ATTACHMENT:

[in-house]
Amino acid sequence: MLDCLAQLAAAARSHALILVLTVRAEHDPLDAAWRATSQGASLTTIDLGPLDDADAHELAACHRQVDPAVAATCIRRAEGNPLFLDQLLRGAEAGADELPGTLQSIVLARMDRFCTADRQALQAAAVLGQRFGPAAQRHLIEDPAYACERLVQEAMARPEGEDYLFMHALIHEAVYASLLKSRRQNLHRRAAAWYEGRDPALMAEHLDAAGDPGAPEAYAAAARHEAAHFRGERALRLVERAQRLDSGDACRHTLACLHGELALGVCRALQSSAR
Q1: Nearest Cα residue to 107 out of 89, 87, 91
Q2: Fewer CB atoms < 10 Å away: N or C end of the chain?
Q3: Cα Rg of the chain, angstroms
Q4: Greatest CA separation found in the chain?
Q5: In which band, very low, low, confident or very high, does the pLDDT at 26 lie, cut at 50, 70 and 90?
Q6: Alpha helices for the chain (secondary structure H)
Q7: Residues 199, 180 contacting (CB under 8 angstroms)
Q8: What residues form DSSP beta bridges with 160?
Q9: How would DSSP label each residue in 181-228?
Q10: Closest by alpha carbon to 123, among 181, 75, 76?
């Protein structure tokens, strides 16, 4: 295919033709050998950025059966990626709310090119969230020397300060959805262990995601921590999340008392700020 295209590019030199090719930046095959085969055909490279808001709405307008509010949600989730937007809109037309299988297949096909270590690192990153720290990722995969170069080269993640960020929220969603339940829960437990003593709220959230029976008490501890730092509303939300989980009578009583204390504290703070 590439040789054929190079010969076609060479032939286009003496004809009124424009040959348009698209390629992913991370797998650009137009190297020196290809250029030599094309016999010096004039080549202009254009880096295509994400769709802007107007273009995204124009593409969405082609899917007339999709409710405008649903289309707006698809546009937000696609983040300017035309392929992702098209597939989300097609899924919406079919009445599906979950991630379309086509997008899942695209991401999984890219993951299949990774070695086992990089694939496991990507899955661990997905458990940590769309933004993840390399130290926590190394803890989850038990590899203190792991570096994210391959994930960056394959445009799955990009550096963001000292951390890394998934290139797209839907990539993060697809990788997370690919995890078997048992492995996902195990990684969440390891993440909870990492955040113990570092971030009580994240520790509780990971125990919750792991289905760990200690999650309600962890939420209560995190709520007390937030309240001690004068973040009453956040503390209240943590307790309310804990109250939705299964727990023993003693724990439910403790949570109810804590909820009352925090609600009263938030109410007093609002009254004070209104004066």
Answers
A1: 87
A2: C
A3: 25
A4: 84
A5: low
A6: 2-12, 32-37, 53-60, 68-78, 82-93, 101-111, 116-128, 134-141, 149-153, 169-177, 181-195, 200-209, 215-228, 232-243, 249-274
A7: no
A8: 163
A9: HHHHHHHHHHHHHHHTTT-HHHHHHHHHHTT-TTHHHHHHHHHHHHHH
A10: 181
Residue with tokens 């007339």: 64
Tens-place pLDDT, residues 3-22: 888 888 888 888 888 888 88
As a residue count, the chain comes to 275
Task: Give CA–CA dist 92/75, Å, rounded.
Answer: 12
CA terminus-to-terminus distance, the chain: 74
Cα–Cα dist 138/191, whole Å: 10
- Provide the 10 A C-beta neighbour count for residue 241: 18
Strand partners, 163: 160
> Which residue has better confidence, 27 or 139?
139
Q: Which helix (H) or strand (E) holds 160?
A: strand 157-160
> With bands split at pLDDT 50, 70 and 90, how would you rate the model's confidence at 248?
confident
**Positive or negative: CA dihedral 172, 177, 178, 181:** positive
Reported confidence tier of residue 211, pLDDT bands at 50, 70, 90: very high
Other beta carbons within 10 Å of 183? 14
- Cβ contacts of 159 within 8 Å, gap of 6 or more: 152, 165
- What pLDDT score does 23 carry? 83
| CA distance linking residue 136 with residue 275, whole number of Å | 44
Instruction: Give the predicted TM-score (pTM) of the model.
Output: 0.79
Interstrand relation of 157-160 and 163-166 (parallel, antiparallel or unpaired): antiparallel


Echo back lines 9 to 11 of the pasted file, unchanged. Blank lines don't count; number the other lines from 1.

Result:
Q7: Residues 199, 180 contacting (CB under 8 angstroms)
Q8: What residues form DSSP beta bridges with 160?
Q9: How would DSSP label each residue in 181-228?